The title page: this is not always necessary. Usually the information of the cover page is repeated. If applicable, information on copyrights, distribution etc. could be mentioned here.

The Index: this should be a separate page on which the chapters and paragraphs are listed and are next to the appropriate page number. Only the first page number of each chapter is listed.

The foreword: this is not always needed; again it depends on the type of report. In the foreword issues are mentioned which are not essential to the contents of the report, like: words of thanks, for whom the report was written, by whom and why etc.

The executive summary: the executive summary is very important because not everybody has time to read the whole report. In the executive summary, the most important points are presented:

  • the reason why the report was written;

  • the questions which are to be raised (problem statement);

  • the solutions;

  • the arguments used for the solutions;

  • important conclusions and advice.

The main text of the report: The main text is most commonly divided into the following chapters:

Introduction: this indicates the structure of the report. In the introduction often issues are described which are obvious to the writer of the report, but not to the reader. By reading the introduction, the reader should understand what exactly the report is all about; which topics are included, which are not and why; how the information was obtained; why the report was written; what the aims of the report are (e.g. is the report written to present information, to advise, to evaluate?) etc.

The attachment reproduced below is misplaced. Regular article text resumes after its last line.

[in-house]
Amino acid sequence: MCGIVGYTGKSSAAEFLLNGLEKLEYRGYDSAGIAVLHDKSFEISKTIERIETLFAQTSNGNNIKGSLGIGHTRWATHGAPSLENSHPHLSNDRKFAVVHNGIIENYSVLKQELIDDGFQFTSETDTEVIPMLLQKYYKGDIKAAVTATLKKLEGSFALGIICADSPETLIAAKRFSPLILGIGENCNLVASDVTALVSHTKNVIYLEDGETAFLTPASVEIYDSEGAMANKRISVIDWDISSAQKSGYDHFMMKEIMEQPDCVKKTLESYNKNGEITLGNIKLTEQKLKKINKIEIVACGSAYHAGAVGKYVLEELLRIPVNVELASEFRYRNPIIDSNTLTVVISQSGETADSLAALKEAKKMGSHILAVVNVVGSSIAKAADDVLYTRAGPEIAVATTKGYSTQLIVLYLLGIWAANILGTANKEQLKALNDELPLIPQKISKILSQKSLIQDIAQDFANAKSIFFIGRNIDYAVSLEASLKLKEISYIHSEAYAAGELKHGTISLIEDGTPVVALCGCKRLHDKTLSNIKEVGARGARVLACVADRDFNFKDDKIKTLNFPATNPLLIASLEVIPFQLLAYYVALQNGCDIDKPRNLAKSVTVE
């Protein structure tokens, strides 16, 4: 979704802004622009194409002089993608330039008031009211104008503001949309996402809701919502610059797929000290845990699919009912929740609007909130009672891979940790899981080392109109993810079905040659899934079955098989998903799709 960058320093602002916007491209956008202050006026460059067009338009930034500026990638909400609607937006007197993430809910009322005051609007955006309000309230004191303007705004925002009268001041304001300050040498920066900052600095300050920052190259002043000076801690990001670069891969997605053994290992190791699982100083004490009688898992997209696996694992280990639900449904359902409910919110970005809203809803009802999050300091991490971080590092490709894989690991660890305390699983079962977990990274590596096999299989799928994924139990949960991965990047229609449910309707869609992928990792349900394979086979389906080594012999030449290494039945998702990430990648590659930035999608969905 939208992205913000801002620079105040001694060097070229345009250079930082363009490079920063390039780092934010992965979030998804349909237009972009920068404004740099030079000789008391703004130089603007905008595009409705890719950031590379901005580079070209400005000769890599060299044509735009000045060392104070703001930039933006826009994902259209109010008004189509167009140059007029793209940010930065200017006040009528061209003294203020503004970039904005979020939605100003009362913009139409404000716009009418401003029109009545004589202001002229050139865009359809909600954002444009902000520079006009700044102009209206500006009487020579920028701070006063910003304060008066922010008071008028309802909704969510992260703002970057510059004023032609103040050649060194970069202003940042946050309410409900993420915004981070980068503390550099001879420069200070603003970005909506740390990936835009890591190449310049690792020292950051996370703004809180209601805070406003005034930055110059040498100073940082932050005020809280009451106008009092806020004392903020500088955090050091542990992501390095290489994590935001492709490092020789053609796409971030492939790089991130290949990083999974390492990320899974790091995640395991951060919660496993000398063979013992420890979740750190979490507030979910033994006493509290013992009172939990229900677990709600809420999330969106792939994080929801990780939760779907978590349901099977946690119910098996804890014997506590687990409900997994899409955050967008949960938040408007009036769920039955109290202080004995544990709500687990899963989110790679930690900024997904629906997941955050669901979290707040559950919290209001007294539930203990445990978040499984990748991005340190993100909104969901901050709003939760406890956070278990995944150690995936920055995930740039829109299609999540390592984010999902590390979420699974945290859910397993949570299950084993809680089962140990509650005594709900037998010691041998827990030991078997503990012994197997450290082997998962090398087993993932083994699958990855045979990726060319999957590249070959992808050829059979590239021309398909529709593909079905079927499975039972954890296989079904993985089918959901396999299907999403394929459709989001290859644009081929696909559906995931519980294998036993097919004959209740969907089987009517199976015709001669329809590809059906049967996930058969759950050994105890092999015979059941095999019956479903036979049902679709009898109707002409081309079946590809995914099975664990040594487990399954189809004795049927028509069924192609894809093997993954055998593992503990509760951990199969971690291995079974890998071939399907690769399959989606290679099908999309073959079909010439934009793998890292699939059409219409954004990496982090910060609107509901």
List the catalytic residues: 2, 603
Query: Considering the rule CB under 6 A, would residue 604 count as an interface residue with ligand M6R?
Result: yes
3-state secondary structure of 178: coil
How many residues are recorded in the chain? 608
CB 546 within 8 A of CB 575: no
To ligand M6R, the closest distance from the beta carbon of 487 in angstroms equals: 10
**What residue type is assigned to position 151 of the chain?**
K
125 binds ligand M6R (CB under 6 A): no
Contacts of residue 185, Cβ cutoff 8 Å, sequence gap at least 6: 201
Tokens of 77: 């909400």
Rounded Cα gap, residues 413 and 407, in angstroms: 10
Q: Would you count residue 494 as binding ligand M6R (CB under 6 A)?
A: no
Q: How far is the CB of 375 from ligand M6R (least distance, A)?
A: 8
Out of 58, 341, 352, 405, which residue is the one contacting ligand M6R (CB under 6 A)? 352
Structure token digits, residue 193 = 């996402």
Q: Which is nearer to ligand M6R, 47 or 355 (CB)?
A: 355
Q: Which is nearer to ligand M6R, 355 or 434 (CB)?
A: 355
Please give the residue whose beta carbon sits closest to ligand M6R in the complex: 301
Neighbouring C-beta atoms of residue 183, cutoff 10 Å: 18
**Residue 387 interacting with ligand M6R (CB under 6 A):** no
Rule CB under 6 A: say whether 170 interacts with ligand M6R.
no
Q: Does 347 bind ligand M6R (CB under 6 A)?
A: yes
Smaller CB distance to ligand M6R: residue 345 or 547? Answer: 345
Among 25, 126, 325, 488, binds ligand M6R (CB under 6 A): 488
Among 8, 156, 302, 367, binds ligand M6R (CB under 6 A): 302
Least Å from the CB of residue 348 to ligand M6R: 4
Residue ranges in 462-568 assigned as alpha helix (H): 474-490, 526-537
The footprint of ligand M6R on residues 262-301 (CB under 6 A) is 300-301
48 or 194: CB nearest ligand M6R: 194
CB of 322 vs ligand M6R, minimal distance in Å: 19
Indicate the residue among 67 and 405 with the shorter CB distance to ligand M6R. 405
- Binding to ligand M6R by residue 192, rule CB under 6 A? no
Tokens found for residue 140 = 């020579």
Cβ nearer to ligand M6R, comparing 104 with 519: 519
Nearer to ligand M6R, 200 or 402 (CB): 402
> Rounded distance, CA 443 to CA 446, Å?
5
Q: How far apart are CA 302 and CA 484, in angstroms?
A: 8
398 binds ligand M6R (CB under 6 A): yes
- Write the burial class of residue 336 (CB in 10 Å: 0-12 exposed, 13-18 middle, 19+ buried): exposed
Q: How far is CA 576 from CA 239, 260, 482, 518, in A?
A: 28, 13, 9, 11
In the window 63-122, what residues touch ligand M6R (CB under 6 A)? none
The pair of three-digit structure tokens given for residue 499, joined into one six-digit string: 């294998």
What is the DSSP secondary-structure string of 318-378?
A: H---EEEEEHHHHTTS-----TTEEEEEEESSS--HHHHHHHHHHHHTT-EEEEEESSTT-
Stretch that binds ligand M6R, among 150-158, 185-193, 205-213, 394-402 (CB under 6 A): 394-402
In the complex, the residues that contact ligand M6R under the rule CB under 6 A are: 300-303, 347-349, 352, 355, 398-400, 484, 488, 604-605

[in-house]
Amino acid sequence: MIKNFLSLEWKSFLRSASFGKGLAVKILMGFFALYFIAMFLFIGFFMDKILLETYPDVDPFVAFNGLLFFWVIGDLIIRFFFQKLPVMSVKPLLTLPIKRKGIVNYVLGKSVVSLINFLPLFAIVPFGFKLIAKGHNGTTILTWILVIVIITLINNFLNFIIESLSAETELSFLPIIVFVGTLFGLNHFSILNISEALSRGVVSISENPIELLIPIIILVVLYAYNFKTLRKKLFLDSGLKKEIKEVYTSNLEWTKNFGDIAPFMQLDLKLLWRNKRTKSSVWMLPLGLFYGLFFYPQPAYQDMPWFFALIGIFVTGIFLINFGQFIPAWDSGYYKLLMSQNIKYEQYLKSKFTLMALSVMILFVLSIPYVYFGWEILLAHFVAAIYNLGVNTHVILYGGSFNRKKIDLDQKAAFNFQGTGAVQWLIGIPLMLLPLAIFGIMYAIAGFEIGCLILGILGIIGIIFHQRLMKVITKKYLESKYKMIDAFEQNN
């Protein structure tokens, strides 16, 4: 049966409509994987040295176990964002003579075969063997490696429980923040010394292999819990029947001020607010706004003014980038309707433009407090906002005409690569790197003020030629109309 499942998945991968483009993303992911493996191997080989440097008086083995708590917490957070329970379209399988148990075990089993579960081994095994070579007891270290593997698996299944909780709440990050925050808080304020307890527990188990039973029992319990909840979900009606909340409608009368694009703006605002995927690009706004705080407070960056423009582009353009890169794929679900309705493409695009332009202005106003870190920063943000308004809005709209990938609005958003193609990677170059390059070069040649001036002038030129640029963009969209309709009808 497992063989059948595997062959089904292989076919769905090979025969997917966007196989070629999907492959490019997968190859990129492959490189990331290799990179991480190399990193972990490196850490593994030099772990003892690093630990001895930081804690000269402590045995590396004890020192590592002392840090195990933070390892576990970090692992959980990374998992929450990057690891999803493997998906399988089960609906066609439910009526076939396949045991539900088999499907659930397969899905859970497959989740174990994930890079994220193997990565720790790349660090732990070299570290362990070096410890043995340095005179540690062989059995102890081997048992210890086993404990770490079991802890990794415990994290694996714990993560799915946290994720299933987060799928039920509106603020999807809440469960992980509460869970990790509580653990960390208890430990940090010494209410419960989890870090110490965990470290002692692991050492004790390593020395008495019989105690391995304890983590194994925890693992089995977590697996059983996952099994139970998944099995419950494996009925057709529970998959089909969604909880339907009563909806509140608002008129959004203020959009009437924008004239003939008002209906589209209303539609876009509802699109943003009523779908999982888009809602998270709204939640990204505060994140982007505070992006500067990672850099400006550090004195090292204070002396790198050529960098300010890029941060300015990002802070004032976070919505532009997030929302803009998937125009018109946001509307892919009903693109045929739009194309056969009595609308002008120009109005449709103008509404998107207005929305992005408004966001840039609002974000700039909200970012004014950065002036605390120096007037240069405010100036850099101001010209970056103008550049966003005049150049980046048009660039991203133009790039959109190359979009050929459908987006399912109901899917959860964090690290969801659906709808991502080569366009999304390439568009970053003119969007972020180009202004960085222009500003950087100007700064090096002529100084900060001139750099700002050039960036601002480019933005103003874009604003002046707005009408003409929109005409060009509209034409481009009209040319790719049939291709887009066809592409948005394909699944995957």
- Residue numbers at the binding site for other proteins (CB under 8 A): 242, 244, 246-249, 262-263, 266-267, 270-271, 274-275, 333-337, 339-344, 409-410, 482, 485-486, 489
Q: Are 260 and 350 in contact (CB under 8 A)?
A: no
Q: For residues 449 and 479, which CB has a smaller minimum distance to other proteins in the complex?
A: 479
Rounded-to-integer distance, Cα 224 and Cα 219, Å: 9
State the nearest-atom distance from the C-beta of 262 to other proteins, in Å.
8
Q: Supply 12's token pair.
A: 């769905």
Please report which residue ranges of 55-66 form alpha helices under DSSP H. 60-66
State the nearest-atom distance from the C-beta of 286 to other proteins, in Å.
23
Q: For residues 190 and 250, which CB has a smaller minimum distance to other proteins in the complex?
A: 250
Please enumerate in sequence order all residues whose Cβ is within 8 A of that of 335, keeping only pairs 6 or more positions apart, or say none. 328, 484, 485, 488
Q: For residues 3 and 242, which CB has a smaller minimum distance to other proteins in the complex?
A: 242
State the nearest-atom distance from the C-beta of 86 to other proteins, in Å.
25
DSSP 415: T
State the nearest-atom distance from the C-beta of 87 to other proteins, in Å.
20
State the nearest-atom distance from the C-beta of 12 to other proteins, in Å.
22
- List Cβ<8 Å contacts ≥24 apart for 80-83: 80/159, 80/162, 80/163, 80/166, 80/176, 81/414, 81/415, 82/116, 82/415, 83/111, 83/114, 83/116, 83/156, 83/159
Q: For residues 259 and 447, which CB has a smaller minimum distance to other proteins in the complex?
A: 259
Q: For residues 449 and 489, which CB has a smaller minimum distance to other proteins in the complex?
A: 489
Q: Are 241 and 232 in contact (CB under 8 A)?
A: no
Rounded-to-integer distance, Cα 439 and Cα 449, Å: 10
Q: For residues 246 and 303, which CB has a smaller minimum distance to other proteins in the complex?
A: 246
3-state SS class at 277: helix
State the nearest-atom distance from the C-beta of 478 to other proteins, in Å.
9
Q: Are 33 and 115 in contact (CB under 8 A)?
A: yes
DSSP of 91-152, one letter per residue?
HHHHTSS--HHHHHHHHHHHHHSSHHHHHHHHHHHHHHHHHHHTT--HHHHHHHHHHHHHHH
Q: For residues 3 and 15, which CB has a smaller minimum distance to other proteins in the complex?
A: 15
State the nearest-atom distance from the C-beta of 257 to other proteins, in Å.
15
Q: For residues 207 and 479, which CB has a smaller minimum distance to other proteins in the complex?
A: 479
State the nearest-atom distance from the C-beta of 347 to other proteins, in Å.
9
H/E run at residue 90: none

Clarification of the problem statement: this chapter explains why the information is needed, which information is needed and how the information obtained will be used. (or what the problem is, why the problem needs to be solved and which information is needed to be able to solve the problem).

Methodology: a short description of how the information was obtained (methodology). The results, with an interpretation and description of the information obtained.

Conclusions of the results

Recommendations: it is better to make recommendations for each conclusion or group of conclusions.

Annexes: if information or explanations which take up a lot of space and attention are in the text then they can make the report difficult to read. This type of information is often put in the Annexes. For example: a literature list (references to literature used in the report),